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Discussion papers | Copyright
https://doi.org/10.5194/acp-2018-608
© Author(s) 2018. This work is distributed under
the Creative Commons Attribution 4.0 License.

Research article 02 Jul 2018

Research article | 02 Jul 2018

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This discussion paper is a preprint. It is a manuscript under review for the journal Atmospheric Chemistry and Physics (ACP).

Two years online measurement of fine particulate nitrate in western Yangtze River Delta: Influences of thermodynamics and N2O5 hydrolysis

Peng Sun1, Wei Nie1,2, Xuguang Chi1,2, Yuning Xie1, Xin Huang1,2, Zheng Xu1,2, Ximeng Qi1,2, Zhengning Xu1, Lei Wang1, Tianyi Wang1, Qi Zhang3, and Aijun Ding1,2 Peng Sun et al.
  • 1Joint International Research Laboratory of Atmospheric and Earth System Sciences, and School of Atmospheric Sciences, Nanjing University, Nanjing, 210023, China
  • 2Jiangsu Provincial Collaborative Innovation Center of Climate Change, Nanjing, 210023, China
  • 3Department of Environmental Toxicology, University of California, Davis, CA 95616, USA

Abstract. Particulate nitrate contributes a large fraction of secondary aerosols. Despite understanding of its important role in regional air quality and global climate, long-term continuous measurements are rather limited in China. In this study, we conducted online measurement of PM2.5 nitrate for two years from March 2014 to February 2016 using the Monitor for Aerosols and Gases in ambient Air (MARGA) in the western Yangtze River Delta (YRD), eastern China, and investigate the main factors that influenced its temporal variations and formation pathways. Compared to other sites in China, an overall high concentration of particulate nitrate was observed with a mean value of 15.8µgm−3 (0.5 to 92.6µgm−3). Nitrate on average accounted for 32% of the total mass of water-soluble ions and the proportion increased with PM loading, indicating that nitrate is a major driver of haze pollution episodes in this region. Sufficient ammonia drove most nitrate into the particle phase in the form of ammonium nitrate. A typical seasonal cycle of nitrate was observed with the concentrations in winter on average two times higher than those in summer mainly due to different meteorological conditions. In summer, the diurnal variation of particulate nitrate was determined by the thermodynamic equilibrium, resulting in a much lower concentration during daytime despite of a considerable photochemical production. Air masses from polluted YRD and biomass burning region contributed to the high nitrate concentration during summer. In winter, particulate nitrate didn’t reveal an evident diurnal variation. Regional transport from northern China played an important role in enhancing nitrate concentration. Eighteen nitrate episodes were selected to understand the processes that drive the formation of high concentration of nitrate. Rapid nitrate formation was observed during the pre-episode (the day before nitrate episode day) nights, and dominated the increase of total water-soluble ions. Calculated nitrate from N2O5 hydrolysis was highly correlated to and accounted for 80 percent of the observed nitrate, suggesting that N2O5 hydrolysis was a major contributor to the nitrate episodes. Our results suggested that rapid formation of nitrate could be a main cause for extreme aerosol pollution events in YRD during winter, and illustrated the urgent needs to control the NOx emission.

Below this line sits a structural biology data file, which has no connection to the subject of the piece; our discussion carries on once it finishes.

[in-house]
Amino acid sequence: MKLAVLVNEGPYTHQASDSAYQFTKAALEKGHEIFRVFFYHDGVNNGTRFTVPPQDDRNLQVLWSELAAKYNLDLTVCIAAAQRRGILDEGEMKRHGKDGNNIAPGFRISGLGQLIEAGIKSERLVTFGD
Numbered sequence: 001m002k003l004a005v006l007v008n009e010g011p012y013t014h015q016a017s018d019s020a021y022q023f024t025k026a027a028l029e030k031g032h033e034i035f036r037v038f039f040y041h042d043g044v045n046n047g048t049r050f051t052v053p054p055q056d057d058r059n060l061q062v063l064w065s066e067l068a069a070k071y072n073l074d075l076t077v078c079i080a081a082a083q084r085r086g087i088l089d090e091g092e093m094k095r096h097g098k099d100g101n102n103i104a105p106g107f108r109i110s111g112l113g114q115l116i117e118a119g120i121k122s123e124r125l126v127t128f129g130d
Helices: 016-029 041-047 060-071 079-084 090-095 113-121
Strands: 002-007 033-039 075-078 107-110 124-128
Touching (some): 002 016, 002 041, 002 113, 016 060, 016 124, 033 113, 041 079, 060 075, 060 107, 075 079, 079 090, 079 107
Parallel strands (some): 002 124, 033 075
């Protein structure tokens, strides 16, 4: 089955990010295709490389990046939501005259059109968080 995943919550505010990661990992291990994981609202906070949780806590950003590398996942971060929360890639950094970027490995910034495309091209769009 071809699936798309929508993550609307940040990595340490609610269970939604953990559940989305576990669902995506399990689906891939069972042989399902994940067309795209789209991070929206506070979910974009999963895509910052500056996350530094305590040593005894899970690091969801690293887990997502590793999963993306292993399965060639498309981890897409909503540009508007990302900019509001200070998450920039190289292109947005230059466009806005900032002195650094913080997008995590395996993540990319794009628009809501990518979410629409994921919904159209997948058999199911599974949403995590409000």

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Two-year online measurement of particulate nitrate was conducted at the SORPES station in western Yangtze River delta, east China. Nitrate was found to be the major driver of haze pollution, and behaved differently in different season. In summer, thermodynamic equilibrium and photochemical processes controlled the nitrate formation. In winter, N2O5 hydrolysis was demonstrated to be a major contributor to the nitrate episodes.
Two-year online measurement of particulate nitrate was conducted at the SORPES station in...
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